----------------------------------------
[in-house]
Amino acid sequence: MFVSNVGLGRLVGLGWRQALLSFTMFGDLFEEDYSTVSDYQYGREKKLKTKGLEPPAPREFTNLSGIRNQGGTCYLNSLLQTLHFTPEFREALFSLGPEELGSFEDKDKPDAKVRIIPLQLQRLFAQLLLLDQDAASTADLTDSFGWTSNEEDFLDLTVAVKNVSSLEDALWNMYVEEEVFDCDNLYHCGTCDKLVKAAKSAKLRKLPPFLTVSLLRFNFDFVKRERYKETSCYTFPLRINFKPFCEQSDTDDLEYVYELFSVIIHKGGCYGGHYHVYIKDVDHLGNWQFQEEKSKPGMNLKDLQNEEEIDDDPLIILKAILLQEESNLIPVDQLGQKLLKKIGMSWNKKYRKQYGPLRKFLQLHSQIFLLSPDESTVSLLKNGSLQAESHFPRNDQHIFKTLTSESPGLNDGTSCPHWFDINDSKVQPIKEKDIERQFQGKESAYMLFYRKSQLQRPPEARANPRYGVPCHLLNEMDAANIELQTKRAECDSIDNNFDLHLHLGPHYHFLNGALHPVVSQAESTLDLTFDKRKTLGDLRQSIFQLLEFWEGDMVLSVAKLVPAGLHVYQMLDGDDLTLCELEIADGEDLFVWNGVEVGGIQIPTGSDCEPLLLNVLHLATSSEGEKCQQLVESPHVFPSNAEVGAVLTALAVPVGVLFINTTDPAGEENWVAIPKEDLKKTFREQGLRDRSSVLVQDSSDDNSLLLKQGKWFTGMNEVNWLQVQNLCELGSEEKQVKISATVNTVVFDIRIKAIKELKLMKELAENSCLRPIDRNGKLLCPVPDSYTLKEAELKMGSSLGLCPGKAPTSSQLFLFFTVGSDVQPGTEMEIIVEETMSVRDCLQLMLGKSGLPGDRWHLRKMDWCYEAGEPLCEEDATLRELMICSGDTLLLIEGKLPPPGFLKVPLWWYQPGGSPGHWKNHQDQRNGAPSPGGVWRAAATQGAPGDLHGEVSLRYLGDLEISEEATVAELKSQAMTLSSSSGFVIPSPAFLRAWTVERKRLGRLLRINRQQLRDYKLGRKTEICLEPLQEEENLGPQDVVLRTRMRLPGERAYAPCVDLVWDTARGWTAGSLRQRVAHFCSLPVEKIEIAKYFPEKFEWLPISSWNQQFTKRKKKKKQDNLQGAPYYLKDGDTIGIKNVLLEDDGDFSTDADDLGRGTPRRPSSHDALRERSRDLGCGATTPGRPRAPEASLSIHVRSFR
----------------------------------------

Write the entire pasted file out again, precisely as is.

[in-house]
Amino acid sequence: MFVSNVGLGRLVGLGWRQALLSFTMFGDLFEEDYSTVSDYQYGREKKLKTKGLEPPAPREFTNLSGIRNQGGTCYLNSLLQTLHFTPEFREALFSLGPEELGSFEDKDKPDAKVRIIPLQLQRLFAQLLLLDQDAASTADLTDSFGWTSNEEDFLDLTVAVKNVSSLEDALWNMYVEEEVFDCDNLYHCGTCDKLVKAAKSAKLRKLPPFLTVSLLRFNFDFVKRERYKETSCYTFPLRINFKPFCEQSDTDDLEYVYELFSVIIHKGGCYGGHYHVYIKDVDHLGNWQFQEEKSKPGMNLKDLQNEEEIDDDPLIILKAILLQEESNLIPVDQLGQKLLKKIGMSWNKKYRKQYGPLRKFLQLHSQIFLLSPDESTVSLLKNGSLQAESHFPRNDQHIFKTLTSESPGLNDGTSCPHWFDINDSKVQPIKEKDIERQFQGKESAYMLFYRKSQLQRPPEARANPRYGVPCHLLNEMDAANIELQTKRAECDSIDNNFDLHLHLGPHYHFLNGALHPVVSQAESTLDLTFDKRKTLGDLRQSIFQLLEFWEGDMVLSVAKLVPAGLHVYQMLDGDDLTLCELEIADGEDLFVWNGVEVGGIQIPTGSDCEPLLLNVLHLATSSEGEKCQQLVESPHVFPSNAEVGAVLTALAVPVGVLFINTTDPAGEENWVAIPKEDLKKTFREQGLRDRSSVLVQDSSDDNSLLLKQGKWFTGMNEVNWLQVQNLCELGSEEKQVKISATVNTVVFDIRIKAIKELKLMKELAENSCLRPIDRNGKLLCPVPDSYTLKEAELKMGSSLGLCPGKAPTSSQLFLFFTVGSDVQPGTEMEIIVEETMSVRDCLQLMLGKSGLPGDRWHLRKMDWCYEAGEPLCEEDATLRELMICSGDTLLLIEGKLPPPGFLKVPLWWYQPGGSPGHWKNHQDQRNGAPSPGGVWRAAATQGAPGDLHGEVSLRYLGDLEISEEATVAELKSQAMTLSSSSGFVIPSPAFLRAWTVERKRLGRLLRINRQQLRDYKLGRKTEICLEPLQEEENLGPQDVVLRTRMRLPGERAYAPCVDLVWDTARGWTAGSLRQRVAHFCSLPVEKIEIAKYFPEKFEWLPISSWNQQFTKRKKKKKQDNLQGAPYYLKDGDTIGIKNVLLEDDGDFSTDADDLGRGTPRRPSSHDALRERSRDLGCGATTPGRPRAPEASLSIHVRSFR